Why TV’s Content Bubble Is a Good Thing for Creators (Guest Blog)

“There is a lot of video out there right now, muddying the waters, but out of that mud grow beautiful flowers — some of the best content we’ve ever seen,” Nate Hayden, VP of Originals and Branded Content at AOL, says

The start of fall is when I find myself beginning to look ahead at the year to come. Though perhaps premature, now is the time to plant the seeds that give us the flowers we all look forward to after a long winter (metaphorically, of course, as I’m writing this from Venice Beach, California).

Looking ahead, however, also requires you to look back. This year has given us more video content than ever. So much, in fact, that some have argued that there is simply too much of it. FX’s John Landgraf has theorized that we are at “peak TV” and that the content bubble is primed to burst. Others look at cultural phenomena such as “Game of Thrones” and recent hits like “Mr. Robot” and call this the “Golden Age of TV.” But why can’t it be both? Call it a Golden Bubble. Yes, there is a lot of video out there right now, muddying the waters, but out of that mud grow beautiful flowers — some of the best content we’ve ever seen. At the same time, it is inevitable that this content bubble will burst. Here are a few ways in which content creators can stay afloat.

Content creators need to reconsider the level of risk they are willing to take. A cursory glance at the television might lead you to believe that it is rife with “risky” programming, but is anything really new? Many shows suffer from catatonic “creativity” — one-dimensional characters, predictable plot points and tired narratives. Consider the perennially popular crime-drama genre, which has spawned innumerable copies of itself, each purporting to be pushing the envelope. There’s simply not that many envelopes that need pushing. Even reality TV, once the most risk-taking of the genres, has found itself in similar ruts. If you want to survive the content bubble, you have to stop being so risk averse.

If reiterations of yesterday’s “risks” are not truly risk-taking, how do you get risky? Even in this bubble, there are a few golden examples of scripted that we can learn from. Not coincidentally, many are digital. These programs push real boundaries and tell the stories of the marginalized, under-represented groups. They breach tough topics and revel in ruffling feathers. Amazon’s “Transparent” pushes the envelope and has earned a dedicated viewer base and critical acclaim not just because of its timeliness and storytelling, but also for its fearless tackling of previously-untouched issues surrounding gender identity and society’s collective (mis)understandings of the transgendered community. On the traditional side, The CW’s underdog “Jane the Virgin” survived the muddy waters because it wasn’t afraid to bring a Spanish-speaking family of flawed women to primetime and tackle political issues like immigration reform. Audiences have reacted to this risk-taking very positively. If you want to survive a burst of the content bubble, consider the risks when it comes to whose stories you are telling, and how you are choosing to tell them.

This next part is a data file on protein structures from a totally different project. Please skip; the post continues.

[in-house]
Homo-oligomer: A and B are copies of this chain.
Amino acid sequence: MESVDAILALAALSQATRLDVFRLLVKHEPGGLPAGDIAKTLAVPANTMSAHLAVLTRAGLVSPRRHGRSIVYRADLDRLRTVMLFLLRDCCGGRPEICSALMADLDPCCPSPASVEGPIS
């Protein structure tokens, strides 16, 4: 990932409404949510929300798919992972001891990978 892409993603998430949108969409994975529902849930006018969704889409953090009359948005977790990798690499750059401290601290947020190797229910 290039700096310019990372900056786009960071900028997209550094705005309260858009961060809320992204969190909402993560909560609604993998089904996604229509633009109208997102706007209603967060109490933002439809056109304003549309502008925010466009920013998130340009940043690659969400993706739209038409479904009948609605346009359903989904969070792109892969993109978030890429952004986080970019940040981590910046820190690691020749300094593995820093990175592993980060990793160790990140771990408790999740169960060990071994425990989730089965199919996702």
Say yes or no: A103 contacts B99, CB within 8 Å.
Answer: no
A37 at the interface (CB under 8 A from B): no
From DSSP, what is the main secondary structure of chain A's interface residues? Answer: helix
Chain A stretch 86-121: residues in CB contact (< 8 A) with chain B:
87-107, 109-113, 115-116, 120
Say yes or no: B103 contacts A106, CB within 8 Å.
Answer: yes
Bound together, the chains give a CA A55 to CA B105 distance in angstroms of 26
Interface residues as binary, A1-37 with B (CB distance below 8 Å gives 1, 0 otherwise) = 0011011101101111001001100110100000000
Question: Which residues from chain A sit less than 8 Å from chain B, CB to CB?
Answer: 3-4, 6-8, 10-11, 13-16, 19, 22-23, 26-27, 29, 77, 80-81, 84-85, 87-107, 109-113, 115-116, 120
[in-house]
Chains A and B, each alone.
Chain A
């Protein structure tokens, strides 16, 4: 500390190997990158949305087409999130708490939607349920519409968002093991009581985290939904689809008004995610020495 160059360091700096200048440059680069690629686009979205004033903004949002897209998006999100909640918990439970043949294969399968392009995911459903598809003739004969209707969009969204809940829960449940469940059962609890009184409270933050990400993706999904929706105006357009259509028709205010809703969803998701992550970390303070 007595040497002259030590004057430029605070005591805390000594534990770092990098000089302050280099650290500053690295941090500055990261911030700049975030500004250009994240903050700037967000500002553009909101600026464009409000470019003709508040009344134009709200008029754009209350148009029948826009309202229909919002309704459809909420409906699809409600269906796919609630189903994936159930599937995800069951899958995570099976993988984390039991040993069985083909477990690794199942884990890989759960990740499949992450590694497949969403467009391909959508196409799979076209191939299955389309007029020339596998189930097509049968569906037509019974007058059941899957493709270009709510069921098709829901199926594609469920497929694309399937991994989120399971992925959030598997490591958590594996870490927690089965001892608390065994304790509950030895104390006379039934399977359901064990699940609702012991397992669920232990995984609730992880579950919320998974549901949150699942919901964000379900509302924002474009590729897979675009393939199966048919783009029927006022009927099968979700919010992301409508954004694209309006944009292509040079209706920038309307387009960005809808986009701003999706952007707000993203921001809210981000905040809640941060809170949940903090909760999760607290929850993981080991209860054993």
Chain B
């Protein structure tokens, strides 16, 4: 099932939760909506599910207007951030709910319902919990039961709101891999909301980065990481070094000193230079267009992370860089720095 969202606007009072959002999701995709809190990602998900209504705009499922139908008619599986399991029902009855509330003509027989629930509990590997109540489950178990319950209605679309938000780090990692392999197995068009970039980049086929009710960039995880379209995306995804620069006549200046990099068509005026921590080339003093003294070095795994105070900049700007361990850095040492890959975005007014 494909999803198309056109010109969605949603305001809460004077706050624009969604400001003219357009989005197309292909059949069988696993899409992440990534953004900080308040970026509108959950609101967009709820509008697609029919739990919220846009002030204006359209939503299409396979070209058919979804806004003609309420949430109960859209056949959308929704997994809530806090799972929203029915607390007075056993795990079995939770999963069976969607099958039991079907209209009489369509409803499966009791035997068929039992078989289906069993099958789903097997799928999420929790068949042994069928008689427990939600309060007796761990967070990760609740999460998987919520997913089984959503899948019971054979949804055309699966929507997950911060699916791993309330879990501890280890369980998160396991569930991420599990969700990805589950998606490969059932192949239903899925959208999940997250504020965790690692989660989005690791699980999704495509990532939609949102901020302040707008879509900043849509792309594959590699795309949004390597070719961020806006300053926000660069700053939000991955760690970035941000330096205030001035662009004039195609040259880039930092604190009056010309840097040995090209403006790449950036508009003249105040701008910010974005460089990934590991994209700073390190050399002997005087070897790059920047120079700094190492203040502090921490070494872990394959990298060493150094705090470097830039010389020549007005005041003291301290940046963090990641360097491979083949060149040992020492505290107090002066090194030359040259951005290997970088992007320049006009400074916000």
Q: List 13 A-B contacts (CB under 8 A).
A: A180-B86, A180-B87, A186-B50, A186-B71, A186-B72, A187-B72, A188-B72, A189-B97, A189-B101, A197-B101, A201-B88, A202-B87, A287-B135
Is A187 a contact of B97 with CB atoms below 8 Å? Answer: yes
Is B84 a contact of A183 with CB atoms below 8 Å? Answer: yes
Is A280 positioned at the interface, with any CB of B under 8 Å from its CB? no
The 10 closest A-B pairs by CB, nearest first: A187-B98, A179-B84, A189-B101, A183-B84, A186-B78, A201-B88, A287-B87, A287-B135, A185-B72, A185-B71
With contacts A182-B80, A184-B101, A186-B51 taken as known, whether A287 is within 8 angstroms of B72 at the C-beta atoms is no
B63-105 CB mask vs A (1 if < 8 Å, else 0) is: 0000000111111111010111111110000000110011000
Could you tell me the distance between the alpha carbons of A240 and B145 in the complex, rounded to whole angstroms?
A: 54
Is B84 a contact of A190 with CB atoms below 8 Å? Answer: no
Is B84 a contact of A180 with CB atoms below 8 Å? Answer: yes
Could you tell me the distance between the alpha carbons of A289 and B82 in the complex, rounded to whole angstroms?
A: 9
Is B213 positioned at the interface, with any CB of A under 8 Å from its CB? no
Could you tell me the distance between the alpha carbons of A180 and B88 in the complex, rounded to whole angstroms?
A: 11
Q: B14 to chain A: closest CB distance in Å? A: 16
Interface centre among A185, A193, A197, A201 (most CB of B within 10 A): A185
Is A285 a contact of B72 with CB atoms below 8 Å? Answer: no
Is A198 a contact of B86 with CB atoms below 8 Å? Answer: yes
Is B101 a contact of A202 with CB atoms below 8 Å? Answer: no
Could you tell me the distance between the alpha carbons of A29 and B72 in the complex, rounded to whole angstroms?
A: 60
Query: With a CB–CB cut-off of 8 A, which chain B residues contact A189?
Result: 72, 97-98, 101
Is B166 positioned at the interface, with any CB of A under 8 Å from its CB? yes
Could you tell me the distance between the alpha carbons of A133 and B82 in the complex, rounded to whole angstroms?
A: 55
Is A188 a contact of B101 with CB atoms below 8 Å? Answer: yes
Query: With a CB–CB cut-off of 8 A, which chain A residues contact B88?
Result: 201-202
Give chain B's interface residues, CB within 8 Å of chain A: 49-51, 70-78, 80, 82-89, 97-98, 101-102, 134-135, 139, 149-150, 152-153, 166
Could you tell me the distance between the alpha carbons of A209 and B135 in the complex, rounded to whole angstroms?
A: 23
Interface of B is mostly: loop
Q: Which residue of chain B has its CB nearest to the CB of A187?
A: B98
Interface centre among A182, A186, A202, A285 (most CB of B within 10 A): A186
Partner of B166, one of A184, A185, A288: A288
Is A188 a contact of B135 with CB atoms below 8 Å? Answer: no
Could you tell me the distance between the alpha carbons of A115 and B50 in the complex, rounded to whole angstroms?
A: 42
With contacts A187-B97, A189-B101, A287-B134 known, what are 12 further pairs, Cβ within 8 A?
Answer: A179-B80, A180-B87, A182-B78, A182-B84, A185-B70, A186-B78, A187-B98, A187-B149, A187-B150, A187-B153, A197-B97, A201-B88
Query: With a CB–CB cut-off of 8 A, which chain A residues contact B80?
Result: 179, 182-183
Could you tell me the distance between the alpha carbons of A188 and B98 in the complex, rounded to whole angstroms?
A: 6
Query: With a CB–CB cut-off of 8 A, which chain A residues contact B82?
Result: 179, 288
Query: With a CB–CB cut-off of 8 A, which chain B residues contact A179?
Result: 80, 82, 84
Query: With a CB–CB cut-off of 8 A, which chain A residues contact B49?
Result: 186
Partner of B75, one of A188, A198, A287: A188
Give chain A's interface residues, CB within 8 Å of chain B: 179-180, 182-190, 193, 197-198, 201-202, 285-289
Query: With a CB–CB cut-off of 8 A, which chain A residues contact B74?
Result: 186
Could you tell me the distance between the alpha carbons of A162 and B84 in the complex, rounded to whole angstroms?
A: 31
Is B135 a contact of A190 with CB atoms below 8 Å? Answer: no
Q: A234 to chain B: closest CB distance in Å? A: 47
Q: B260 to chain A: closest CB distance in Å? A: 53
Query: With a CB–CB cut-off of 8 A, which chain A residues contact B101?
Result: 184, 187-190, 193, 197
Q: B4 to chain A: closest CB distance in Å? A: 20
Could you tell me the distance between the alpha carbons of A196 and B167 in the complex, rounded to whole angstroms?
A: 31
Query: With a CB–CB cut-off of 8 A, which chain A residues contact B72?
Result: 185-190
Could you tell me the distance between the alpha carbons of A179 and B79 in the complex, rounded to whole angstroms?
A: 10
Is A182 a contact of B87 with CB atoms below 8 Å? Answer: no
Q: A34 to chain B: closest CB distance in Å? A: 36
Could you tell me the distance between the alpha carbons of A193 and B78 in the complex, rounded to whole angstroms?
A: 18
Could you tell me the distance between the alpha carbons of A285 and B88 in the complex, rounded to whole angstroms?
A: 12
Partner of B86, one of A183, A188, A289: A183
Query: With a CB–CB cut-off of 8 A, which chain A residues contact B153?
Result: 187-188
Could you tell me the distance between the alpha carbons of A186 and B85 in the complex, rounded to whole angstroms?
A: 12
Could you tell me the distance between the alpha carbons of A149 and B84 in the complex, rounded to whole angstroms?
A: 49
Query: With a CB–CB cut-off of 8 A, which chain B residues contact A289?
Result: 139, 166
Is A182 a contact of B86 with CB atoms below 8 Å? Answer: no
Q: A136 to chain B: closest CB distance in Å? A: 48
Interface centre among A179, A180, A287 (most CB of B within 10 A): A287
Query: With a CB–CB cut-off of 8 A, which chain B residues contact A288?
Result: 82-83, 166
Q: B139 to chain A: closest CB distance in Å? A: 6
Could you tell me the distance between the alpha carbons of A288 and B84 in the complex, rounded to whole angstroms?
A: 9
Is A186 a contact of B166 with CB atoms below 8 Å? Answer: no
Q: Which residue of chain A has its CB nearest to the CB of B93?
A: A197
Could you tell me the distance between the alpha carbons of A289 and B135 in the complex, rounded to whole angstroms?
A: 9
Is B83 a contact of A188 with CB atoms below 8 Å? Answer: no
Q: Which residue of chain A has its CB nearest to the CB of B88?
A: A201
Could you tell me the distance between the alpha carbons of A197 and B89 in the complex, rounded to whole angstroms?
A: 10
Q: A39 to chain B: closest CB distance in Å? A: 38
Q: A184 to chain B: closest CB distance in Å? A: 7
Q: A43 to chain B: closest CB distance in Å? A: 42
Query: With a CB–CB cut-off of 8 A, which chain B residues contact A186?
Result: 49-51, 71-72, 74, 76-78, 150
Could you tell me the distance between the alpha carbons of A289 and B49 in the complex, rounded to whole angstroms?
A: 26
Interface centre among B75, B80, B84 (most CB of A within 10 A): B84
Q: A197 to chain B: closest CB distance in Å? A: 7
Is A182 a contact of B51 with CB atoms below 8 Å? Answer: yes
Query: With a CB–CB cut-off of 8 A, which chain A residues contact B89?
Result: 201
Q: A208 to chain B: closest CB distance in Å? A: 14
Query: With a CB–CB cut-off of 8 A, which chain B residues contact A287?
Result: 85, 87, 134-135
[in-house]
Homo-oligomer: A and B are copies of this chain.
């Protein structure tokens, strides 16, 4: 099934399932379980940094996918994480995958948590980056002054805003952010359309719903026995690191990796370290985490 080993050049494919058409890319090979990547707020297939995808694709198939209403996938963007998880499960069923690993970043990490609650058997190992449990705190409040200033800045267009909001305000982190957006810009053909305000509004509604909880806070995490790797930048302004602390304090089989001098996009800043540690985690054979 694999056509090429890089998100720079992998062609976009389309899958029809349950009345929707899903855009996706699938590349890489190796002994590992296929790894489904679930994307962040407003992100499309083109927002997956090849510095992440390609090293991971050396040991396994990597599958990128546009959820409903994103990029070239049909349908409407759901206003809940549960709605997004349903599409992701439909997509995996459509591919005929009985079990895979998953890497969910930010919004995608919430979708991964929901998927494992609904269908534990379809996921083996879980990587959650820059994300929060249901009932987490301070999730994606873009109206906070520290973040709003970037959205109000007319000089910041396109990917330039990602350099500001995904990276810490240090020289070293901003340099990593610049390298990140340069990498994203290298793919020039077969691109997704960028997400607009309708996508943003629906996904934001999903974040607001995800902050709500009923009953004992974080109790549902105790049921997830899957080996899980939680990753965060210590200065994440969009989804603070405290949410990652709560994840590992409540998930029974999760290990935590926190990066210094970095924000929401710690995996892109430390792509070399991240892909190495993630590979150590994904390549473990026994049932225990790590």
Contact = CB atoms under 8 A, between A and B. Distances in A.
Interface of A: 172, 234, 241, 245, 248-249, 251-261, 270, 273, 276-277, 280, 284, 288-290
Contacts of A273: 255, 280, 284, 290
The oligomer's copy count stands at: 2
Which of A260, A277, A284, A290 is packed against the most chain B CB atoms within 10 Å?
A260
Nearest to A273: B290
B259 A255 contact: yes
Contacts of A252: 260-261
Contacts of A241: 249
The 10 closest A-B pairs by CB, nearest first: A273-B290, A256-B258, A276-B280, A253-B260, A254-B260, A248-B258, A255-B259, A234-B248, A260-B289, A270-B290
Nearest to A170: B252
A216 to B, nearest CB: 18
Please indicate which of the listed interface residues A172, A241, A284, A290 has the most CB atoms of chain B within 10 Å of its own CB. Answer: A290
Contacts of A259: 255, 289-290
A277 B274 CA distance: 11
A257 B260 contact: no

Beyond the actual content, digital gives us the ability to take risks in how we distribute that content. It’s become obvious that digital has destroyed the concept of “primetime” or even set schedules in general. It means the consumer gets to choose when, where and how they interact with the content. It also means that we have to adapt, analyze and predict these patterns, and use that understanding to get creative with our windowing and scheduling strategies. As a content creator, you need to ask yourself not only what your audience responds to on digital, but what windowing strategy is most appropriate to the content itself? Not all content was created for binge watching, and when considering the ubiquitous nature of mobile the idea of digital appointment viewing is intriguing. What will be the “House of Cards” of mobile? What will shake up the way we’ve done distribution? This question becomes even more relevant when we consider that there are no longer rigid relationships between formats and devices. I often find my niece on the couch watching a long-form show on her phone — with the 50-inch flatscreen turned off five feet in front of her.

It may also be time to reconsider standard content lengths. The 60-minute drama is Hollywood gospel, but what does a 30-minute drama look like? A 15-minute drama? Cartoon Network’s “Adult Swim” has been featuring 15-minute scripted shows for years. On the flip side, binge watchers have proven that 60 minutes is not the ceiling of our attention spans, and one stereotype I’d love to break is the idea that mobile-first means shorter. The possibilities are truly limitless. Live streaming services abound, but have yet to be creatively utilized in scripted narratives. We are also able to create new narratives in a multichannel environment: characters can have their own social accounts, Instagrams, and YouTube channels to supplement (or even replace, in some instances) a main storyline. These possibilities create an environment for even more golden television, and those that don’t capitalize on them, will be the ones whose bubbles burst.

With so many options, it is astounding that we keep repeating ourselves. No one can watch all 400 of the scripted shows produced in 2015, but that doesn’t mean they were a waste and that we can’t learn from them. Quality will always win over quantity, but we also should celebrate the advances that we have made in scripted during this boom while being ready for the reckoning that looms.The bubble will inevitably burst, but in its aftermath the survivors will be those with the strongest content that will push us to evolve even further.